Culture / featured-column

GlamourGals takes over Visions at Selis Manor

Every month, a group of Hunter students who are part of a club called GlamourGals visit Visions in downtown Manhattan – a center for the blind and the visually impaired– to chat and build relationships with the members of the center. The idea is to build a bridge between generations – a link so they can better understand each other. And also, to bring a little joy and attention to someone’s day.

“It’s such a fun experience to attend these events, I love to spend time with them and hear their stories” says Danny Walker, a member of the organization. “It gives the residents something to look forward to every month. It’s a really good thing.”

The GlamourGals Foundation is a nationwide organization that has chapters in schools and universities across the country. Its mission is to provide companionship and complimentary beauty makeovers to those who live in senior homes.

The organization began when the founder, Rachel Doyle, met a severely depressed elderly woman in a senior home. She came to learn that nearly 60 percent of seniors living in these homes never receive visitors. She created the foundation so that the elderly feel a sense of companionship and also so the volunteers feel like they are doing something valuable.

Visions at Selis Manor offers a variety of services for blind youth as well as adults. Located on West 23rd Street, it is a short distance away from many of the major train lines that allow for the members of the center to commute easily if they don’t live on site. “I met a resident who lives in Forest Hills and commutes here to take classes. It’s amazing how someone who has no vision is able to navigate around a big, busy city,” says Duarte.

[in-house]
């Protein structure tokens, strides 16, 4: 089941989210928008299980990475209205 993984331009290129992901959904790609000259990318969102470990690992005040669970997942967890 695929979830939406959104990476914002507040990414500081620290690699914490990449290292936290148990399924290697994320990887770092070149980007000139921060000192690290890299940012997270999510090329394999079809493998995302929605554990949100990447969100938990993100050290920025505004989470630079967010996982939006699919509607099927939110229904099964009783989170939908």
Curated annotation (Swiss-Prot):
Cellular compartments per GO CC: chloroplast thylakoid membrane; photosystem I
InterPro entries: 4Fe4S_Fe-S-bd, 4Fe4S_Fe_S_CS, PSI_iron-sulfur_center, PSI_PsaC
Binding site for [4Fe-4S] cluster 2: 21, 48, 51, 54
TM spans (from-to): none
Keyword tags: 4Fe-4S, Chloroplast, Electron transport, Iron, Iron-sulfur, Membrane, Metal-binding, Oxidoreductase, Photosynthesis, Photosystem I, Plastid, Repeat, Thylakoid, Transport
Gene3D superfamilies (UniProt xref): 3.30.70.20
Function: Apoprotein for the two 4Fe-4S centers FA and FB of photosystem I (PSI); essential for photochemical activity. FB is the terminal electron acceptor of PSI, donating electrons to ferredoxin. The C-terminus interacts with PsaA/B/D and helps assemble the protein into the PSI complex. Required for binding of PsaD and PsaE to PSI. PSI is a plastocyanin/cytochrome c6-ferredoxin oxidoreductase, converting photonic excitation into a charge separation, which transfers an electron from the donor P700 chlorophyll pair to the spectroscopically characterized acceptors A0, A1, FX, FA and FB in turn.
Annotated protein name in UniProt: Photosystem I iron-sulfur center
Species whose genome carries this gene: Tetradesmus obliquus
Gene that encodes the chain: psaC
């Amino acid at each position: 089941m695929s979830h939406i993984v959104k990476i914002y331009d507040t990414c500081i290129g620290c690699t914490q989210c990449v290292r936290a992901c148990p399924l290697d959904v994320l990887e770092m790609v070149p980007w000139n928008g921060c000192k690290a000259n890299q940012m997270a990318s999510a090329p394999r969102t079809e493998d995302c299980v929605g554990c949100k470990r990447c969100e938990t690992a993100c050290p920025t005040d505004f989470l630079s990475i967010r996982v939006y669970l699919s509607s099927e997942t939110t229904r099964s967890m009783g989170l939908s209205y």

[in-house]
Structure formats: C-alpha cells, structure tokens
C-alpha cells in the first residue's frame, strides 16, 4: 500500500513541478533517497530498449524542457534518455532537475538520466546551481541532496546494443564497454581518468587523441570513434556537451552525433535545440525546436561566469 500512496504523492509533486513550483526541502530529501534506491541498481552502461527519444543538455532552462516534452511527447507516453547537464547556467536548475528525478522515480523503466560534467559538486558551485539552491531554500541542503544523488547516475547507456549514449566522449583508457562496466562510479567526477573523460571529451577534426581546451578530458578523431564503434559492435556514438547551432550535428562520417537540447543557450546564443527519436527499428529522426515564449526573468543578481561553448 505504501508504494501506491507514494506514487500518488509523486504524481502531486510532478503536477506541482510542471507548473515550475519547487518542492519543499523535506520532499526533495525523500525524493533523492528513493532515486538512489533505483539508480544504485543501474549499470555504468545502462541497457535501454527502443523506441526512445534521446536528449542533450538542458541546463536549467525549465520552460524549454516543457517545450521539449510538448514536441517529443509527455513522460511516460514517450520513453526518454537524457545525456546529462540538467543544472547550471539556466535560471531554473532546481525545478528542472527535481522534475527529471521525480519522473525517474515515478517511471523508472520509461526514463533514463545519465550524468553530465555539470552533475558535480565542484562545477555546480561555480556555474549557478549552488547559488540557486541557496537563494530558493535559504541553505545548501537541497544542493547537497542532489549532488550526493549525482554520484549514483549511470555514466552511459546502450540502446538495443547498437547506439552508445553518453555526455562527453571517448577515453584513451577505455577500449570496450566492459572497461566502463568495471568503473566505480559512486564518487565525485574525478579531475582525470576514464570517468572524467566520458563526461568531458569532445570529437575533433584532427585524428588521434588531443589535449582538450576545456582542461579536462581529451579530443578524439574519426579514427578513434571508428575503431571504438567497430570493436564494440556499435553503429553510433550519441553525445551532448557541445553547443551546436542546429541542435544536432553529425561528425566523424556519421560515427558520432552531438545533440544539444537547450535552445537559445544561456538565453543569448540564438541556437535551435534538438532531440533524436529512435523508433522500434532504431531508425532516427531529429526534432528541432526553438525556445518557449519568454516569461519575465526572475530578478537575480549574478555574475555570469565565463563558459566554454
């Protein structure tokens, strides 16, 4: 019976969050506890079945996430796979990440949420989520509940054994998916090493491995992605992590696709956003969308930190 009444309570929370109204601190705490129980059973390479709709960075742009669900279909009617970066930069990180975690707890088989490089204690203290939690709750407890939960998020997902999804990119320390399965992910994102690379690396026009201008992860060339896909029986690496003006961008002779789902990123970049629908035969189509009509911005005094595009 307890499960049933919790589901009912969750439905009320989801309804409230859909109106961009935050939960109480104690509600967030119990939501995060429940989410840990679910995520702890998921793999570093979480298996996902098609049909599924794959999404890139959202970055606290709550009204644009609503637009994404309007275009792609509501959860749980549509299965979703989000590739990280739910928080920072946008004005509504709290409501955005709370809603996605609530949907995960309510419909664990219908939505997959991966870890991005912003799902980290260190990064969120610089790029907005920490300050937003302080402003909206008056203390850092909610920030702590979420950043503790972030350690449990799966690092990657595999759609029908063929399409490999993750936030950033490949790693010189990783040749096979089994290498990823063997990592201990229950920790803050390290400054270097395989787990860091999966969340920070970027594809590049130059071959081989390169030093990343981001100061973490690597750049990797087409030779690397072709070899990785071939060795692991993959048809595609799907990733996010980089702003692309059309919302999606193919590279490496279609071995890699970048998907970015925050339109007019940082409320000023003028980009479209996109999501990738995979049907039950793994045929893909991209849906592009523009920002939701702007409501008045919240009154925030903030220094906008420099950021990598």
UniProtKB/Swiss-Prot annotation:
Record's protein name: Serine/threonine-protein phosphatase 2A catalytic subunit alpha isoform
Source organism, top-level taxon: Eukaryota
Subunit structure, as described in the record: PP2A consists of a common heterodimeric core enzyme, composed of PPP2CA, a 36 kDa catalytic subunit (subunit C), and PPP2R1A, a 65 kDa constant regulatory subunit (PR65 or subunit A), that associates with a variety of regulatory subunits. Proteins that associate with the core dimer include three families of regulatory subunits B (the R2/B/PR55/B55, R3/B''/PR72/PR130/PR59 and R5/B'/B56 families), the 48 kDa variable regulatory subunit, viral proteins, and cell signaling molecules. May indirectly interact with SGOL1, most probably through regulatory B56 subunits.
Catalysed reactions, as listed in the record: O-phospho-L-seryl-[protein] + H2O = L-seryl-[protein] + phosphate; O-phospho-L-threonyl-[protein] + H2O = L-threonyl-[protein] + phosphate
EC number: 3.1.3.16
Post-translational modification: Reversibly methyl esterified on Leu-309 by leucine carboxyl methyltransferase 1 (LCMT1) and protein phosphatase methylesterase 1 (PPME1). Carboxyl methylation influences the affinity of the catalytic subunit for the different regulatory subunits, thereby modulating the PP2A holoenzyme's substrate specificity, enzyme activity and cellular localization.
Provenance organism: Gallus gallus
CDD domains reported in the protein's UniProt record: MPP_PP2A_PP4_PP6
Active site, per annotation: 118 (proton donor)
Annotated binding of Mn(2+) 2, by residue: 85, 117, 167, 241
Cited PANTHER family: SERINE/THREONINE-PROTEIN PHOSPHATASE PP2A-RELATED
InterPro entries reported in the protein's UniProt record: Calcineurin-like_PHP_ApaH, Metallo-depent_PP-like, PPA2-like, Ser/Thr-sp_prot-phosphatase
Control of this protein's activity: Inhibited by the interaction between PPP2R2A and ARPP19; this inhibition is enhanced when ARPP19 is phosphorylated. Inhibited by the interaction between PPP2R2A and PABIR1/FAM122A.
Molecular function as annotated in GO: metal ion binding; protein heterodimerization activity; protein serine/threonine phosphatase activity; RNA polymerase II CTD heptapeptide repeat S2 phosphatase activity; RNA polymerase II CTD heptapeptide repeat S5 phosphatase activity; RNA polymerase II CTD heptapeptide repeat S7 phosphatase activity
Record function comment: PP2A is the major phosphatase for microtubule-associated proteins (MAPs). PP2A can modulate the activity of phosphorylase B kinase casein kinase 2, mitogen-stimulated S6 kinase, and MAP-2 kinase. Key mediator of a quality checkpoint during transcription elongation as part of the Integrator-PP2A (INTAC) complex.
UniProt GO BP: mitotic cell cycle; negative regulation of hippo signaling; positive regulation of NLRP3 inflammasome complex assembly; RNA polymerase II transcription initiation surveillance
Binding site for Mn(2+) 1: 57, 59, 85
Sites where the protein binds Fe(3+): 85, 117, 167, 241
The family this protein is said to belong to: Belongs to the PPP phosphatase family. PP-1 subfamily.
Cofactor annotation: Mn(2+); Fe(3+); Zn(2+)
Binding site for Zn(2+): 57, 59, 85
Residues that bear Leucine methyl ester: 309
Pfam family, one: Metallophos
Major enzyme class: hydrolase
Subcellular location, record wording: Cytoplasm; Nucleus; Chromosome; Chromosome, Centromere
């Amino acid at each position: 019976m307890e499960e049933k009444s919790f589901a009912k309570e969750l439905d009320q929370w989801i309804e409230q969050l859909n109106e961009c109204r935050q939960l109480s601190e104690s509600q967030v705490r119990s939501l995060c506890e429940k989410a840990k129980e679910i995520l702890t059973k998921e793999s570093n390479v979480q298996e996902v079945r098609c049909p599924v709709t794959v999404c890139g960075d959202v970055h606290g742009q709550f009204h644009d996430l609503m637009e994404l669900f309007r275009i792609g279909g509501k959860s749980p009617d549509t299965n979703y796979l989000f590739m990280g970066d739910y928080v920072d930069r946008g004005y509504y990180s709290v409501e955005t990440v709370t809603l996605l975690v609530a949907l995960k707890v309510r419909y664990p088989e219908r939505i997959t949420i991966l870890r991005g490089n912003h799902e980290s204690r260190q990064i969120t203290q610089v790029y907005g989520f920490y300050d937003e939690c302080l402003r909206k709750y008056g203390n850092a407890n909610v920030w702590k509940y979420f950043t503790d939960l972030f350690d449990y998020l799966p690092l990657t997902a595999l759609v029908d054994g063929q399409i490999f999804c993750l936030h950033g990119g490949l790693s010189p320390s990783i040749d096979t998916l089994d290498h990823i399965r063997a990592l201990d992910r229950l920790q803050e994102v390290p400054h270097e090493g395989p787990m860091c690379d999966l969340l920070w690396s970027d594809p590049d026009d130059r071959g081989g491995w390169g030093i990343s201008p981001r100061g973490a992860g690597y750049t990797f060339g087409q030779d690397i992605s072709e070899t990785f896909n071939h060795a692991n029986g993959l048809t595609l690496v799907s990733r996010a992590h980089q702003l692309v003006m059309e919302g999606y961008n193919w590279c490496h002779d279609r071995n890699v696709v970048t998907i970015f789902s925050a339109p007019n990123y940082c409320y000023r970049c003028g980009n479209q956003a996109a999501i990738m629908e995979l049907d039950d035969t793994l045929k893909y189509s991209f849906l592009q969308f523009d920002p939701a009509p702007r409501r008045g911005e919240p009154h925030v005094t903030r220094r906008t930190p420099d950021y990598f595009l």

Karen Smith, a resident of the Visions center for more than 17 years, is a regular attendee of the GlamourGals events. “I take two classes here to keep me busy but I like to listen to baseball with my boyfriend when he visits me,” she says. Smith was not always blind; she was the first in her family to attend college and even taught computing classes after graduating. After moving to the center, she said she can feel alone on the weekdays, since her boyfriend only comes to visit on weekends. It’s situations like this where GlamourGals hope they can make a bit of a difference.

“I love putting on these events because every time I go, I learn something new,” said Karen Duarte, president of the GlamourGals Hunter chapter. “Whether it’s about people who are visually impaired, or different cultures or about their lives growing up, it’s just interesting and helps you appreciate the little things.”

The club meets once a month at the visions center to do makeovers for the residents. For more information or to be added to their mailing list e-mail ggathunter@gmail.com.

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